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What factors lead Macbeth to kill Duncan?

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What factors lead Macbeth to kill Duncan? There are a number of factors to be considered in determining what factors lead Macbeth to kill Duncan. The main four that I am going to look at in this essay are the Witches, Lady Macbeth, Duncan and Macbeth himself. The witches are portrayed as evil by their very presence in the play they would have been perceived thus. In Shakespeare's day witches were feared and hated and so audiences would be naturally apprehensive of their appearance on stage. It is easy to assume that Shakespeare wanted them to appear like that. So therefore I think Shakespeare would have intended that they play quite a large part in Macbeth's decision to kill Duncan. However, this does not seem to be completely right but your point of view depends on whether you think the witches are evil or not. They do not actually say or even suggest the possibility of murder to Macbeth - they just say he will be king. The idea of murder comes from within Macbeth himself as soon as the witches say he will be king - it could be said they open him up to the possibilities of what lies within his own heart - whether that is good or evil. ...read more.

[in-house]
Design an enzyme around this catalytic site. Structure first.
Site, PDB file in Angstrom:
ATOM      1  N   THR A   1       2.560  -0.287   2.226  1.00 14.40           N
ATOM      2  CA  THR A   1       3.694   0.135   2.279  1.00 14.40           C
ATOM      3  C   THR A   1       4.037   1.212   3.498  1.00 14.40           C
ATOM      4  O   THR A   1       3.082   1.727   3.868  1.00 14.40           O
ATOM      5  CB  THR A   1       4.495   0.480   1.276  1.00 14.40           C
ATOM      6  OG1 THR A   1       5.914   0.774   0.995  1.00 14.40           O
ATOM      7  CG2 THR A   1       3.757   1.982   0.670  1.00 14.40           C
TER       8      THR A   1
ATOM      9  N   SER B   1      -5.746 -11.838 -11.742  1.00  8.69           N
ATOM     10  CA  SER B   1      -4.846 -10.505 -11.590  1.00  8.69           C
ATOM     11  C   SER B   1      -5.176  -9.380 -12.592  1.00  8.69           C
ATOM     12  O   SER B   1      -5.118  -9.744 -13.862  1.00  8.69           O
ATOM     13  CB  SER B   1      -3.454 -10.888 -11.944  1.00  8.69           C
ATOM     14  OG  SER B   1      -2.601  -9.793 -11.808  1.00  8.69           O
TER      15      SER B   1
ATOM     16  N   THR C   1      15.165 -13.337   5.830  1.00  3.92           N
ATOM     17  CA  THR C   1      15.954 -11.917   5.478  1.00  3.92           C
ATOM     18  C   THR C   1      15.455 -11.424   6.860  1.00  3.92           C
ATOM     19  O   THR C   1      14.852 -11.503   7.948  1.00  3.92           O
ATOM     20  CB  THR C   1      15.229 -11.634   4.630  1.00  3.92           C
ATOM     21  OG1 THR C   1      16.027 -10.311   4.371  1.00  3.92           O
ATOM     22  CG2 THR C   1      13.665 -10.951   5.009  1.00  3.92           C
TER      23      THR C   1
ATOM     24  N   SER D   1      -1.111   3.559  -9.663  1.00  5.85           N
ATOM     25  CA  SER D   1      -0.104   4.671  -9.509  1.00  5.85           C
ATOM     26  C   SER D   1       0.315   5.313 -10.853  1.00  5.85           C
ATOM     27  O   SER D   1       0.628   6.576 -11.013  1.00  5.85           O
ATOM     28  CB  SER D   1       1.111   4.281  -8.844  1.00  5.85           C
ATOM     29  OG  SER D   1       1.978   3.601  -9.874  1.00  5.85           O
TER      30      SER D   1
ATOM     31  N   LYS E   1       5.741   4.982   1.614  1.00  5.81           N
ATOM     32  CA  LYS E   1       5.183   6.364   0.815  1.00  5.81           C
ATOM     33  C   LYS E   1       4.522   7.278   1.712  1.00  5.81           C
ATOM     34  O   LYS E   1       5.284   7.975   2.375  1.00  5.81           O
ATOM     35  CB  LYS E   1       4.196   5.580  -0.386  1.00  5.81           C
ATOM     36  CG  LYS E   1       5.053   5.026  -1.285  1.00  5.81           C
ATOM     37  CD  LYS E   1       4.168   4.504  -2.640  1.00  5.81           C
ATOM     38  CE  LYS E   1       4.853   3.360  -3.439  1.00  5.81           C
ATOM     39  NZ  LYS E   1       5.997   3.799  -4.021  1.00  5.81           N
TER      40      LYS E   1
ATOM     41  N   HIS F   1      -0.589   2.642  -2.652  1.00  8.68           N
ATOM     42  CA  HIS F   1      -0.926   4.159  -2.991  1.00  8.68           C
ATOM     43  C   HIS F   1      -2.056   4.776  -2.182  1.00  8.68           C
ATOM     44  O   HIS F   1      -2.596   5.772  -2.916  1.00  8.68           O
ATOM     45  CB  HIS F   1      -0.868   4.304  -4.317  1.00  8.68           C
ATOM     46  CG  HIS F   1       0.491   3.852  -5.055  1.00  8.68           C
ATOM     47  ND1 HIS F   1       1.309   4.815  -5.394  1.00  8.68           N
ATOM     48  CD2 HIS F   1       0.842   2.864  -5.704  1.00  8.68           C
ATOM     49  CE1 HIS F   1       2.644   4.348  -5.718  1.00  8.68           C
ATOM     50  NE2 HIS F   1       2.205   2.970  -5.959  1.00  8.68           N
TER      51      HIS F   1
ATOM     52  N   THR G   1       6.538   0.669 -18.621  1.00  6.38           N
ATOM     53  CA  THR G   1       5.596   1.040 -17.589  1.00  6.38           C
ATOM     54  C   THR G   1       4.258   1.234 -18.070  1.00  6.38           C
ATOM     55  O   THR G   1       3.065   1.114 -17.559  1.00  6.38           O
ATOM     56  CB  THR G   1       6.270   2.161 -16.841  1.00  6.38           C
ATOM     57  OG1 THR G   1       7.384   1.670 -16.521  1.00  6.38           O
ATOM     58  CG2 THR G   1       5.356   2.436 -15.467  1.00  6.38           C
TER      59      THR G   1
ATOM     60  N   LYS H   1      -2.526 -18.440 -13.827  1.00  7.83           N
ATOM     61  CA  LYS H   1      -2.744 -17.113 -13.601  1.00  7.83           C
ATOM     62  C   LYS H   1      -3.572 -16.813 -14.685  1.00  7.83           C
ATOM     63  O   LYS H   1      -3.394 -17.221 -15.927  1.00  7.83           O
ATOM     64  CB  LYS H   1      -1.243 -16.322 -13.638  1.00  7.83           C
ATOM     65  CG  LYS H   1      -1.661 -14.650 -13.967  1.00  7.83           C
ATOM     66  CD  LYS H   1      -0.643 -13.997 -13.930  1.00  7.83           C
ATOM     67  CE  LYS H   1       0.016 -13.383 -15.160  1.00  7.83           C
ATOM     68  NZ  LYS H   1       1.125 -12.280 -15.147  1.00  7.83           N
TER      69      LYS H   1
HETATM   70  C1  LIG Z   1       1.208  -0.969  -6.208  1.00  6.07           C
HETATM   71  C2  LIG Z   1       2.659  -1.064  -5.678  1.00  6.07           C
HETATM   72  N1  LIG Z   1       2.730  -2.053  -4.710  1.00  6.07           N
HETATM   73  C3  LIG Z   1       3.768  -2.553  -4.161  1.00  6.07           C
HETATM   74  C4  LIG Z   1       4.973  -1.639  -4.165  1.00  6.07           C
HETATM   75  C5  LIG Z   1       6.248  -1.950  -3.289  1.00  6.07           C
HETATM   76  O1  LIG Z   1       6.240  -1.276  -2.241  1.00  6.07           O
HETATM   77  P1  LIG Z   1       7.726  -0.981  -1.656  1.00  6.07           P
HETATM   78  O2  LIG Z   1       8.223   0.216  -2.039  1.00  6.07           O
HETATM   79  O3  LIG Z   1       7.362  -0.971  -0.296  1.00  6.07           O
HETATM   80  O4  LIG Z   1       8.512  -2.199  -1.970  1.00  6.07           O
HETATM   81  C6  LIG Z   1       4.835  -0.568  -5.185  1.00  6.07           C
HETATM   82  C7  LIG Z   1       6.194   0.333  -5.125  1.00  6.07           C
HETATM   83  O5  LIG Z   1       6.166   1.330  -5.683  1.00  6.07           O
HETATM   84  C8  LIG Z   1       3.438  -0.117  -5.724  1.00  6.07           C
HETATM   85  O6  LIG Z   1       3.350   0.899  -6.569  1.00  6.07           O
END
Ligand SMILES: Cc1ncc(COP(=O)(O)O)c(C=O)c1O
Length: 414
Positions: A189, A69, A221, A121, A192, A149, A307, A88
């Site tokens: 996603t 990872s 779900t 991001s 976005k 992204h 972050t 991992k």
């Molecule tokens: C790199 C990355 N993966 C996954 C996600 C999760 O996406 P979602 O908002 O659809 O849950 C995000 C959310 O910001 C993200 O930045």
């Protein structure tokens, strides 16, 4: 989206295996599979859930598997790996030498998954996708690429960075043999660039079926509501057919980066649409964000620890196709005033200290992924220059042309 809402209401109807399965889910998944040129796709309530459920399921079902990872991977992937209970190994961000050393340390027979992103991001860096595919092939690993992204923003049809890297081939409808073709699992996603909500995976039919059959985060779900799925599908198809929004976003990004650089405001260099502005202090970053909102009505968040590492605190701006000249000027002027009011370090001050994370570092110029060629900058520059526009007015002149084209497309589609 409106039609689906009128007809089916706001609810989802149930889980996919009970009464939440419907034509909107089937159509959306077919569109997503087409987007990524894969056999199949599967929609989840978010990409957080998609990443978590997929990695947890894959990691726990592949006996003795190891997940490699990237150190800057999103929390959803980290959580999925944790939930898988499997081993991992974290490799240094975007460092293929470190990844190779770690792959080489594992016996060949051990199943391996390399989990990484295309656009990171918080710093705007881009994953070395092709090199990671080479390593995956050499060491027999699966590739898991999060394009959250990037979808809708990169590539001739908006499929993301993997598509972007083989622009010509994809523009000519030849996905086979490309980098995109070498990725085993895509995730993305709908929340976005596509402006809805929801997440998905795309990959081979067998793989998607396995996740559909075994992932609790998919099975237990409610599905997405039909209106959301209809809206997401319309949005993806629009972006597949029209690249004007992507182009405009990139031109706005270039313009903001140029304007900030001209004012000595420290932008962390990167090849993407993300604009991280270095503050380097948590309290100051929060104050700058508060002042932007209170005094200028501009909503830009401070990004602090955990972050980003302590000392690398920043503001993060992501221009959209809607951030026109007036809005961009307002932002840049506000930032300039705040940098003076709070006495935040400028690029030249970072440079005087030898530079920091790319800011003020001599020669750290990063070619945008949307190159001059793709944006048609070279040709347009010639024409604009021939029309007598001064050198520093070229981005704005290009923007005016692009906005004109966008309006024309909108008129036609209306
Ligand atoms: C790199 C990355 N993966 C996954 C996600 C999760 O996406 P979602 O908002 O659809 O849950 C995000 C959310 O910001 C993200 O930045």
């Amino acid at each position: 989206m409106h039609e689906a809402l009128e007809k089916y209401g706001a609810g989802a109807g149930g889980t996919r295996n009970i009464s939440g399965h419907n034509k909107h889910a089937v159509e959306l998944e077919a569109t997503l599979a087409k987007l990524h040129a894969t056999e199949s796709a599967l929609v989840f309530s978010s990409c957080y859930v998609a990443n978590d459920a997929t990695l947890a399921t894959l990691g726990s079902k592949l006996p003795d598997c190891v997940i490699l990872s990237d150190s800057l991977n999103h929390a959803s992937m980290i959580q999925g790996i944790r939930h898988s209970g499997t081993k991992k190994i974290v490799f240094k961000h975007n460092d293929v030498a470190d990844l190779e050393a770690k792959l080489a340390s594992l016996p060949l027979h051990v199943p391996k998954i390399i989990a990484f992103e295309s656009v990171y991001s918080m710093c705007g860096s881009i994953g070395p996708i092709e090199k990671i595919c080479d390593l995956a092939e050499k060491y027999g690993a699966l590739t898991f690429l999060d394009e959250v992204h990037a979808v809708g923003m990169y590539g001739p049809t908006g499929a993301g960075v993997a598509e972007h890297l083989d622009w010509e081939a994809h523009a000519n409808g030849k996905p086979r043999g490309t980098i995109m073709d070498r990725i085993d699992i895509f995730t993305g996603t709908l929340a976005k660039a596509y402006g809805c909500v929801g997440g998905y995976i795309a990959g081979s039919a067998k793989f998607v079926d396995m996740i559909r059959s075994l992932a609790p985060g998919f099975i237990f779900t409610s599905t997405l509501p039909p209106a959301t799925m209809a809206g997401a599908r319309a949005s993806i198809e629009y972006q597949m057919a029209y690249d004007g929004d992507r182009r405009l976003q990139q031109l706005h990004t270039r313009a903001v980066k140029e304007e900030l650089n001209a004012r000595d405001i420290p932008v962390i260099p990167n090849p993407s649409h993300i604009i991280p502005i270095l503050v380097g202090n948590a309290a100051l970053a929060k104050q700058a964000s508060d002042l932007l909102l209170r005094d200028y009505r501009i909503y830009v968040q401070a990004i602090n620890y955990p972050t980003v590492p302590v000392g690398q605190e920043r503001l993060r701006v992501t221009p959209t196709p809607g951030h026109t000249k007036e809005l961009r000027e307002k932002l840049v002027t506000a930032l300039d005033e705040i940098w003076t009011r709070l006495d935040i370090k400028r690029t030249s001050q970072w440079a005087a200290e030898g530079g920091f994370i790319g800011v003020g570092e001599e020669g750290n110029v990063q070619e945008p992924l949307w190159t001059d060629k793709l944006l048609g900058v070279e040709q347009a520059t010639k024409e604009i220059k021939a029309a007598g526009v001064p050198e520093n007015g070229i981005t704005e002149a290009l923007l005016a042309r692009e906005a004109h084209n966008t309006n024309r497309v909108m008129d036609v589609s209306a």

She attacks his manliness, saying she is more man than him, that she can keep an oath, that she has no problem with killing. It is obvious that Lady Macbeth is much more intelligent than Macbeth himself. She tricks him into thinking he had sworn to do the murder and doesn't let him dwell on this by shocking him with the image of killing what would be their child. He does not get a chance to think about it and as she fires more and more questions at him, trying to convince him to kill Duncan, he becomes bewildered. Also, she shocks him with the image of her killing her child, saying that she would have the 'courage' to do this, yet not long ago he was on a battlefield - he is depicted almost as a 'killing machine'. You can tell that she knows how to play Macbeth's ignorance by confounding him so that he cannot get a argument together. I think Lady Macbeth is much more of an influence than the Witches. Whether or not the witches put the idea of the murder into Macbeth's mind, she immediately grabs onto it. ...read more.


All though I know that Macbeth is not very intelligent, he does seem to be taken in by the witches very easily. Banquo resists the witches' promises and isn't taken in by it - he says "And oftentimes, to win us to our harm, the instruments of darkness tell us truths, win us with honest trifles, to betray's in deepest consequences". Macbeth's ambition is not as great as Lady Macbeth's, but it is present. I said earlier about how Lady Macbeth is willing to give up everything, even her soul, to be queen; Macbeth is willing to go to hell to be king - "We'll jump the life to come". In conclusion, I think that Macbeth himself was the most important factor in the murder of Duncan. He was weak and easily led, by both the witches and by his wife, Lady Macbeth. He is not intelligent but he should still be capable of sticking to his own decisions. Duncan did not deserve to be killed and I do not feel it was a fault of his own, Macbeth did not even consider anything like this. He was inherently evil and the first thing his mind jumped to was murder. ...read more.

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